Kathleen Tso and Vicki Ho work in digital marketing and branding respectively; together they launched the visually vibrant Banana magazine in New York, aiming to create a voice for contemporary Asian culture. We hear from Kathleen (above, left) as issue six of their annual magazine is published.
How do you start your week?
The whole Banana team has been working from home since lockdown began in mid-March. We closed issue six in May and April remotely.
Banana isn’t our full time jobs, so we have all been focused on our 9-to-5’s during these uncertain times. We haven’t had a chance to regroup as a whole team in person since early March so we really miss the collaboration and support from each other.
Before the pandemic, we used to start our weekly meetings with an Onigiri from Yaya Tea Garden and a maybe a latte from Urban Backyard.
Describe the state of your desk and what you can see in your studio/office
We always meet at my apartment in Little Italy for Banana around my dining room table. It has become my full-time workspace for my full-time job as well. It’s gotten MUCH messier over the last few months.
Let’s just say we can’t use the table to eat our meals on anymore. It’s next to a huge window so gets tons of natural light and I can see classic Little Italy buildings and fire escapes outside the window. I got to know my neighbors a lot more and what they looked like when we used to all poke our heads out the window and clap for the essential workers at 7PM.
Which magazine do you first remember?
The first magazine I remember is J14, and getting it from a grocery store. I was mesmerized by all the amazing tear-out NSYNC posters inside.
Which magazine matters to you the most right now?
New York magazine has been extra meaningful to me in the last few months. What NYC has been through in the last eight months is incredible, and the magazine has shown how much love and community there is in this city during hard times.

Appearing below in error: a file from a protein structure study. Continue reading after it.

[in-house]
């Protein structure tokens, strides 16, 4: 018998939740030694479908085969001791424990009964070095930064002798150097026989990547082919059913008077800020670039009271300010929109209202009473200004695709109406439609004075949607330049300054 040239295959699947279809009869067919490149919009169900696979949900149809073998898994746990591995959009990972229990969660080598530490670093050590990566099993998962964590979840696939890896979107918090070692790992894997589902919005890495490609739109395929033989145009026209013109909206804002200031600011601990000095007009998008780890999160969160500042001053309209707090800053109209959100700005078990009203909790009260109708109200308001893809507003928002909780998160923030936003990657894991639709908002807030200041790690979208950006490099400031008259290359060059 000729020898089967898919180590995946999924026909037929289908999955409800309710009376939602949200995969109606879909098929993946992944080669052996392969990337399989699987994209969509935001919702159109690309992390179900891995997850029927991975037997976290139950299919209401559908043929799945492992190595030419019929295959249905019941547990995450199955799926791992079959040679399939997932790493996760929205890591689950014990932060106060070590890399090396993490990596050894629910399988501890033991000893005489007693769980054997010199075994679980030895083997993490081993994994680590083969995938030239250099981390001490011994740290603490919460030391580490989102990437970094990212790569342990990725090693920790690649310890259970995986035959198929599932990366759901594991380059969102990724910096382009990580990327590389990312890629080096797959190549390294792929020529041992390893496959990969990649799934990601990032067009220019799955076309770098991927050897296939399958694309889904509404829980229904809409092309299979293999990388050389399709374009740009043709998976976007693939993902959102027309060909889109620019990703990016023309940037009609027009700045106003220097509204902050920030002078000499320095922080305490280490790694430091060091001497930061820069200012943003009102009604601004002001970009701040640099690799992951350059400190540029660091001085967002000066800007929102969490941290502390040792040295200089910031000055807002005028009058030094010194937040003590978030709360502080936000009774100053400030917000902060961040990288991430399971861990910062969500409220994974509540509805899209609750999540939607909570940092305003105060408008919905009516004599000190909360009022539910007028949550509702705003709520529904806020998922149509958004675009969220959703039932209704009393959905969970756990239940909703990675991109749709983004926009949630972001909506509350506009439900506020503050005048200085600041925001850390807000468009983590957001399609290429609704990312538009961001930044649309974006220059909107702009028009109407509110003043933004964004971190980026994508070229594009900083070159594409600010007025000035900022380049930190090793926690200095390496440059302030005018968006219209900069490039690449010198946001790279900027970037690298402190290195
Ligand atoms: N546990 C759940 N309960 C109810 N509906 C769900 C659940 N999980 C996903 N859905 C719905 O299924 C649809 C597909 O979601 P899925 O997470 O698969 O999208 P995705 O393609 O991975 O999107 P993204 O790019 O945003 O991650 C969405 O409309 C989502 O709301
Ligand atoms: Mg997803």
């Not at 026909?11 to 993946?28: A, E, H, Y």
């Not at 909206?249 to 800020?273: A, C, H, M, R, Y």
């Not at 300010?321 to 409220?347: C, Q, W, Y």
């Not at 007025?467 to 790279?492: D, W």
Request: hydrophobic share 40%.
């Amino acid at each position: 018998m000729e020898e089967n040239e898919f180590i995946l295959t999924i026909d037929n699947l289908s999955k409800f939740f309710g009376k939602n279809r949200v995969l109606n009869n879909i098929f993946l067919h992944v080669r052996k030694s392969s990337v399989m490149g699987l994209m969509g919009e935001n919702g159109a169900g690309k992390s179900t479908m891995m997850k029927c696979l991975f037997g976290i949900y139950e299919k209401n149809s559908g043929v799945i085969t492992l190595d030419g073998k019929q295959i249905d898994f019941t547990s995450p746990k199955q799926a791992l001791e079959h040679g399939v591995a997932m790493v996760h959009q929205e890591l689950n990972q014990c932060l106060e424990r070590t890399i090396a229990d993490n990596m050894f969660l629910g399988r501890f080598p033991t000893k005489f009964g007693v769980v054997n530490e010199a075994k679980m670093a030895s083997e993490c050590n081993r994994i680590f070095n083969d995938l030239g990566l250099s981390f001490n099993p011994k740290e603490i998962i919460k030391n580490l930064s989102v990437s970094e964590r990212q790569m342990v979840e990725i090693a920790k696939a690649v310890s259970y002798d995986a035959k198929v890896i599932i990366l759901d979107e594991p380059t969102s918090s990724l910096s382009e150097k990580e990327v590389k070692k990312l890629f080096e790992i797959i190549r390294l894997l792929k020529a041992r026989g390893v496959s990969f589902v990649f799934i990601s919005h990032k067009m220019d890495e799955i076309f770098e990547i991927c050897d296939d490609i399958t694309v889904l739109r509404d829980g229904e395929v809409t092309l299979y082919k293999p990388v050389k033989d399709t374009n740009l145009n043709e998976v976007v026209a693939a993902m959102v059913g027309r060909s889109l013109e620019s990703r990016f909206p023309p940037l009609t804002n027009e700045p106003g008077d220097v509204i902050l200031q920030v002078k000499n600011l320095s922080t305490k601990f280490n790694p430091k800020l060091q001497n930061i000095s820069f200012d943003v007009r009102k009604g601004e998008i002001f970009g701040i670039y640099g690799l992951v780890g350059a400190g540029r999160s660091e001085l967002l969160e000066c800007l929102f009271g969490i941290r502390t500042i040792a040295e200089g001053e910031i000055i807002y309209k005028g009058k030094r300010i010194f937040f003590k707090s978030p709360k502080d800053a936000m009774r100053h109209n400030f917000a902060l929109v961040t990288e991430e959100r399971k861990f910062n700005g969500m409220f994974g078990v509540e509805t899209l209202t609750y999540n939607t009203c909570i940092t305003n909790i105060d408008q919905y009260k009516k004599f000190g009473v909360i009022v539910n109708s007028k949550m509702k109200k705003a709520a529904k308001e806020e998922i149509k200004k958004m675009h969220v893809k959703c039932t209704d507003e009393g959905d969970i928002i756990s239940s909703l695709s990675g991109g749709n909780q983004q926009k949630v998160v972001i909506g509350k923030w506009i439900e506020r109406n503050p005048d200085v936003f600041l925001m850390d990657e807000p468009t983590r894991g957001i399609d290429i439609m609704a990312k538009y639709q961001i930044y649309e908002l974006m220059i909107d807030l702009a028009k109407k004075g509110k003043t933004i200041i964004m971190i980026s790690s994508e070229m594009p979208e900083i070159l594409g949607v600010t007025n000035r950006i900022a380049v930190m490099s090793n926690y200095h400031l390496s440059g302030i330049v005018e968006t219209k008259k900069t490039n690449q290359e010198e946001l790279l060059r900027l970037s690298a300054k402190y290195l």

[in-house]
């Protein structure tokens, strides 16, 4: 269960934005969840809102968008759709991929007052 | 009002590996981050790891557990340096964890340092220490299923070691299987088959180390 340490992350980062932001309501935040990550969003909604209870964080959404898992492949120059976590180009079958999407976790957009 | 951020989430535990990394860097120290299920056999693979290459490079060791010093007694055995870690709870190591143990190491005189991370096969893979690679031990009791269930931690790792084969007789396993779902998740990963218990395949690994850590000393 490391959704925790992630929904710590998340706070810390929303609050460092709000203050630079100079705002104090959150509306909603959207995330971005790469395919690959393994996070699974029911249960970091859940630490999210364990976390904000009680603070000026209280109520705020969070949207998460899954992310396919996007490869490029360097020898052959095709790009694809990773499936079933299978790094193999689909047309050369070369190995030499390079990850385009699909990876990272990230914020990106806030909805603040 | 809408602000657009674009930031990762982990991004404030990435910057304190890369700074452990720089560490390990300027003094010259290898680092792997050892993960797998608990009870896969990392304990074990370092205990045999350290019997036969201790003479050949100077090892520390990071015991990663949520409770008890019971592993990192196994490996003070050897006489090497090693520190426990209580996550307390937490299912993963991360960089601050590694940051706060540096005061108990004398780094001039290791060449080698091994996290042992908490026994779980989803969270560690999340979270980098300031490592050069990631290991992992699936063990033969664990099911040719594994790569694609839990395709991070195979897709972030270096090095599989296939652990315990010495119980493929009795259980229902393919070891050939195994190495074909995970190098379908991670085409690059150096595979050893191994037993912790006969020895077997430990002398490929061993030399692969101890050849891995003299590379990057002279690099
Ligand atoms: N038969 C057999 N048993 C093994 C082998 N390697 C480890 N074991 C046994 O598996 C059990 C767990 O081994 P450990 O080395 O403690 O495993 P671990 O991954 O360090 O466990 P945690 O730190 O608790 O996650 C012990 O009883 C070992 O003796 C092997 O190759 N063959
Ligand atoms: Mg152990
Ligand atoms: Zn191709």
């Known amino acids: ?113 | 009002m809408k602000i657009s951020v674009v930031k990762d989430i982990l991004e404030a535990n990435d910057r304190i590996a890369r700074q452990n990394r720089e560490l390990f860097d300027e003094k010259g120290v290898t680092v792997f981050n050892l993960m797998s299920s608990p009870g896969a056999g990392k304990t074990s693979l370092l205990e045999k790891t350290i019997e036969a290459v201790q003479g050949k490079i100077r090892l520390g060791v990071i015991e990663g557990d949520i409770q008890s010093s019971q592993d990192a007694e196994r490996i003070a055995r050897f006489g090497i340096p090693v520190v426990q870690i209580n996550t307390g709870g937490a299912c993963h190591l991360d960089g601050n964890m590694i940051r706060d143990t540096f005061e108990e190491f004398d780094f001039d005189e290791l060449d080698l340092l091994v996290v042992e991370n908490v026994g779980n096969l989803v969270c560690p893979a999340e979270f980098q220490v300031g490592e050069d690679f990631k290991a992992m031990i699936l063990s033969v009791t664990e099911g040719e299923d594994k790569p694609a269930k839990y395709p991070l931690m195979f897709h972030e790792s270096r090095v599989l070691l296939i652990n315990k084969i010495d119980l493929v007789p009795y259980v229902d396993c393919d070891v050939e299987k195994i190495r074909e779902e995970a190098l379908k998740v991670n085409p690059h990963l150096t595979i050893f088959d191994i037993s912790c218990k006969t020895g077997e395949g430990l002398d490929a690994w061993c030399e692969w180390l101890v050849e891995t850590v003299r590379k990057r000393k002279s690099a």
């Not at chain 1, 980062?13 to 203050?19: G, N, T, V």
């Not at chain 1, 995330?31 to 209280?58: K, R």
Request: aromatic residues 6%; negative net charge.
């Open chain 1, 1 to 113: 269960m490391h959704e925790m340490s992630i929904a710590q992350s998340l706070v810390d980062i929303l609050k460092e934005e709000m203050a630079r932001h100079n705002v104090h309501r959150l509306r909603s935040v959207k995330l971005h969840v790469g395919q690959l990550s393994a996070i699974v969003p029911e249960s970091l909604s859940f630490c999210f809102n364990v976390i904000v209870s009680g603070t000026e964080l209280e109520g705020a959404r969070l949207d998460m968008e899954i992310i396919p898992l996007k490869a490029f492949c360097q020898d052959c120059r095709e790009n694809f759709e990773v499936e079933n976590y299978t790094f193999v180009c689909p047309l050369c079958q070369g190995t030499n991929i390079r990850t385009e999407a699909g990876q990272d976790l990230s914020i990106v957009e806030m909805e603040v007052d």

You adopted the name Banana from a nickname used against Asian immigrants; such language seems from another time, is it really still used?
It’s definitely still used within the Asian community. It’s not always used with a derogatory intent, and is sometimes just used in jest between immigrant parents and their kids who were born and raised in the United States who have grown up with dual cultural influences.
Luckily this isn’t a term that people outside of our community use against us.
We love the way Banana combines the traditional and contemporary sides of Asian culture. Is it difficult to hit the right balance?
It actually comes very naturally during the storytelling process! Traditions and our history is so ingrained in our experience today and that comes out in the stories we tell.
Who are your readers?
Our readers live all around the world. With the increasingly globalized experience, the dual cultural influence of the West and the East permeates within the Asian experience around the world.
Banana is a form of advocacy for Asian voices in the creative space. And we hope that it helps inspire Asians as well as brings awareness to allies.
Share one piece of publishing/business advice that has helped you.
Don’t take on more than you can handle!
Looking ahead, what are you excited about this week? Are you optimistic?
It’s Election Week, so I’m cautiously optimistic. Gotta hold out hope… but it gets harder each year.
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